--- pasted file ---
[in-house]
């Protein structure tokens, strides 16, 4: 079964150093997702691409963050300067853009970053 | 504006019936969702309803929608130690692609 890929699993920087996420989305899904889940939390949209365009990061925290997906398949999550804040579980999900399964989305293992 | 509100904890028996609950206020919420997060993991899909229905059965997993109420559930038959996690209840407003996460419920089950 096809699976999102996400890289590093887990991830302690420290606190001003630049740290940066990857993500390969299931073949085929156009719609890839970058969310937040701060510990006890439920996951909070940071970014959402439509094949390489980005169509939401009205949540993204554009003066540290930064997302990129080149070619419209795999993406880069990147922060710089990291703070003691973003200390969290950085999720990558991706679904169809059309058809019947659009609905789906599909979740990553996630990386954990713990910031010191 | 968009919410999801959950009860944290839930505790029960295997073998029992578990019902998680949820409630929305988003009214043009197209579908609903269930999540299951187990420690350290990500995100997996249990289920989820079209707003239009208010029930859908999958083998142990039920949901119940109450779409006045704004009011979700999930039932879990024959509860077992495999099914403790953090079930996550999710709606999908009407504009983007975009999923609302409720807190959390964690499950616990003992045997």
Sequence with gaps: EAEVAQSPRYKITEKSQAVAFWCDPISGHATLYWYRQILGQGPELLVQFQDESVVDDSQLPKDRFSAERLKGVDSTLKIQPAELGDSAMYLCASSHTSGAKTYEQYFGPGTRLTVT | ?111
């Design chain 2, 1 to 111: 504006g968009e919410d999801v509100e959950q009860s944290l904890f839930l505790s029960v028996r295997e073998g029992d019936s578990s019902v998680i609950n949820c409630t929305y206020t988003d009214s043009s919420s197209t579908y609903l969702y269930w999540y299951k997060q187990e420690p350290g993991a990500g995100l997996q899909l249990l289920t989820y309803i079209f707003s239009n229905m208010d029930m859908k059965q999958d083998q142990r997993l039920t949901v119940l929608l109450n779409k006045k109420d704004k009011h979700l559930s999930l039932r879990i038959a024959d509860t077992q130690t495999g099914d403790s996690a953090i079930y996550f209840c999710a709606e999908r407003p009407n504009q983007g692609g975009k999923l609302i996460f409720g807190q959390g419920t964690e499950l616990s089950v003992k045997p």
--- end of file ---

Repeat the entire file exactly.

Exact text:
[in-house]
């Protein structure tokens, strides 16, 4: 079964150093997702691409963050300067853009970053 | 504006019936969702309803929608130690692609 890929699993920087996420989305899904889940939390949209365009990061925290997906398949999550804040579980999900399964989305293992 | 509100904890028996609950206020919420997060993991899909229905059965997993109420559930038959996690209840407003996460419920089950 096809699976999102996400890289590093887990991830302690420290606190001003630049740290940066990857993500390969299931073949085929156009719609890839970058969310937040701060510990006890439920996951909070940071970014959402439509094949390489980005169509939401009205949540993204554009003066540290930064997302990129080149070619419209795999993406880069990147922060710089990291703070003691973003200390969290950085999720990558991706679904169809059309058809019947659009609905789906599909979740990553996630990386954990713990910031010191 | 968009919410999801959950009860944290839930505790029960295997073998029992578990019902998680949820409630929305988003009214043009197209579908609903269930999540299951187990420690350290990500995100997996249990289920989820079209707003239009208010029930859908999958083998142990039920949901119940109450779409006045704004009011979700999930039932879990024959509860077992495999099914403790953090079930996550999710709606999908009407504009983007975009999923609302409720807190959390964690499950616990003992045997």
Sequence with gaps: EAEVAQSPRYKITEKSQAVAFWCDPISGHATLYWYRQILGQGPELLVQFQDESVVDDSQLPKDRFSAERLKGVDSTLKIQPAELGDSAMYLCASSHTSGAKTYEQYFGPGTRLTVT | ?111
């Design chain 2, 1 to 111: 504006g968009e919410d999801v509100e959950q009860s944290l904890f839930l505790s029960v028996r295997e073998g029992d019936s578990s019902v998680i609950n949820c409630t929305y206020t988003d009214s043009s919420s197209t579908y609903l969702y269930w999540y299951k997060q187990e420690p350290g993991a990500g995100l997996q899909l249990l289920t989820y309803i079209f707003s239009n229905m208010d029930m859908k059965q999958d083998q142990r997993l039920t949901v119940l929608l109450n779409k006045k109420d704004k009011h979700l559930s999930l039932r879990i038959a024959d509860t077992q130690t495999g099914d403790s996690a953090i079930y996550f209840c999710a709606e999908r407003p009407n504009q983007g692609g975009k999923l609302i996460f409720g807190q959390g419920t964690e499950l616990s089950v003992k045997p």